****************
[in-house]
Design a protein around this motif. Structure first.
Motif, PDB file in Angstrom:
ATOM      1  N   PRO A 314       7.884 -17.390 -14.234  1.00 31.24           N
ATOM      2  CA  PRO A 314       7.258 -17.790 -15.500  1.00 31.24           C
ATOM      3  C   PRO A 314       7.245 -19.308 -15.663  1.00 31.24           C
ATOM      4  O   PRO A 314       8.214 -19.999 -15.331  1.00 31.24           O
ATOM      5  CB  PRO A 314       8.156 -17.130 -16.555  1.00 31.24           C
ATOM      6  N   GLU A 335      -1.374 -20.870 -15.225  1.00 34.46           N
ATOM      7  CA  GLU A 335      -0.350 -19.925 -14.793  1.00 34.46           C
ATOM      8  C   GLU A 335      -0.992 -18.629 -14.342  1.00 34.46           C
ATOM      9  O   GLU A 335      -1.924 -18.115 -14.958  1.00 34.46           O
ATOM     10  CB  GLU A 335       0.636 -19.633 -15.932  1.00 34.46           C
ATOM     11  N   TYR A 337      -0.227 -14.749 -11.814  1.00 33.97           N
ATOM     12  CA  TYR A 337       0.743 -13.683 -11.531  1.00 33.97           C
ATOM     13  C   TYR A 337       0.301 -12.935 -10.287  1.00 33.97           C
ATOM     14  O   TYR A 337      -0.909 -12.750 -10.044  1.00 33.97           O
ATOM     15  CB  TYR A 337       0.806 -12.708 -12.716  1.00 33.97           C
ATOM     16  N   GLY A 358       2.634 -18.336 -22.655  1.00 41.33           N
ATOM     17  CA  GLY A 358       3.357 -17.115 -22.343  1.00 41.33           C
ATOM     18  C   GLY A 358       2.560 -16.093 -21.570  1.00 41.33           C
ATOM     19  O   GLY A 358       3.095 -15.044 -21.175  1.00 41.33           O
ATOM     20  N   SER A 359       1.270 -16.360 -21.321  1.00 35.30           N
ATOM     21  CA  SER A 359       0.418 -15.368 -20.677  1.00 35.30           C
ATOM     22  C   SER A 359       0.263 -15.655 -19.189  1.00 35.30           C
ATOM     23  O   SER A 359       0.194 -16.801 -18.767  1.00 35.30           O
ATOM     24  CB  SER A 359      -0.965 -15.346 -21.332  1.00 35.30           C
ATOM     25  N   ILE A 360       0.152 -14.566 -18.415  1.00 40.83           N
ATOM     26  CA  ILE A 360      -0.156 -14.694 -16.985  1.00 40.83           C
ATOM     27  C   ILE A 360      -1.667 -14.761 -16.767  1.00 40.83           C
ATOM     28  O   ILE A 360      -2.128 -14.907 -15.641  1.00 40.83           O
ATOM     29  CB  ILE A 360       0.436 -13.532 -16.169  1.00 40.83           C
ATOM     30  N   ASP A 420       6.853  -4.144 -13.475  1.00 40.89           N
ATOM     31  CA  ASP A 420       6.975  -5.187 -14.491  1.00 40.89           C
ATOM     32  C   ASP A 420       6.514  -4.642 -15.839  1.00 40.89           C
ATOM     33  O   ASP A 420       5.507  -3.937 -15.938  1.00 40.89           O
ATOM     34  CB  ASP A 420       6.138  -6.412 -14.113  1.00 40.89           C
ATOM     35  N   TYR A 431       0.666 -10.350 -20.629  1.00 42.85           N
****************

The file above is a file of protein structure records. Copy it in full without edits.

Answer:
[in-house]
Design a protein around this motif. Structure first.
Motif, PDB file in Angstrom:
ATOM      1  N   PRO A 314       7.884 -17.390 -14.234  1.00 31.24           N
ATOM      2  CA  PRO A 314       7.258 -17.790 -15.500  1.00 31.24           C
ATOM      3  C   PRO A 314       7.245 -19.308 -15.663  1.00 31.24           C
ATOM      4  O   PRO A 314       8.214 -19.999 -15.331  1.00 31.24           O
ATOM      5  CB  PRO A 314       8.156 -17.130 -16.555  1.00 31.24           C
ATOM      6  N   GLU A 335      -1.374 -20.870 -15.225  1.00 34.46           N
ATOM      7  CA  GLU A 335      -0.350 -19.925 -14.793  1.00 34.46           C
ATOM      8  C   GLU A 335      -0.992 -18.629 -14.342  1.00 34.46           C
ATOM      9  O   GLU A 335      -1.924 -18.115 -14.958  1.00 34.46           O
ATOM     10  CB  GLU A 335       0.636 -19.633 -15.932  1.00 34.46           C
ATOM     11  N   TYR A 337      -0.227 -14.749 -11.814  1.00 33.97           N
ATOM     12  CA  TYR A 337       0.743 -13.683 -11.531  1.00 33.97           C
ATOM     13  C   TYR A 337       0.301 -12.935 -10.287  1.00 33.97           C
ATOM     14  O   TYR A 337      -0.909 -12.750 -10.044  1.00 33.97           O
ATOM     15  CB  TYR A 337       0.806 -12.708 -12.716  1.00 33.97           C
ATOM     16  N   GLY A 358       2.634 -18.336 -22.655  1.00 41.33           N
ATOM     17  CA  GLY A 358       3.357 -17.115 -22.343  1.00 41.33           C
ATOM     18  C   GLY A 358       2.560 -16.093 -21.570  1.00 41.33           C
ATOM     19  O   GLY A 358       3.095 -15.044 -21.175  1.00 41.33           O
ATOM     20  N   SER A 359       1.270 -16.360 -21.321  1.00 35.30           N
ATOM     21  CA  SER A 359       0.418 -15.368 -20.677  1.00 35.30           C
ATOM     22  C   SER A 359       0.263 -15.655 -19.189  1.00 35.30           C
ATOM     23  O   SER A 359       0.194 -16.801 -18.767  1.00 35.30           O
ATOM     24  CB  SER A 359      -0.965 -15.346 -21.332  1.00 35.30           C
ATOM     25  N   ILE A 360       0.152 -14.566 -18.415  1.00 40.83           N
ATOM     26  CA  ILE A 360      -0.156 -14.694 -16.985  1.00 40.83           C
ATOM     27  C   ILE A 360      -1.667 -14.761 -16.767  1.00 40.83           C
ATOM     28  O   ILE A 360      -2.128 -14.907 -15.641  1.00 40.83           O
ATOM     29  CB  ILE A 360       0.436 -13.532 -16.169  1.00 40.83           C
ATOM     30  N   ASP A 420       6.853  -4.144 -13.475  1.00 40.89           N
ATOM     31  CA  ASP A 420       6.975  -5.187 -14.491  1.00 40.89           C
ATOM     32  C   ASP A 420       6.514  -4.642 -15.839  1.00 40.89           C
ATOM     33  O   ASP A 420       5.507  -3.937 -15.938  1.00 40.89           O
ATOM     34  CB  ASP A 420       6.138  -6.412 -14.113  1.00 40.89           C
ATOM     35  N   TYR A 431       0.666 -10.350 -20.629  1.00 42.85           N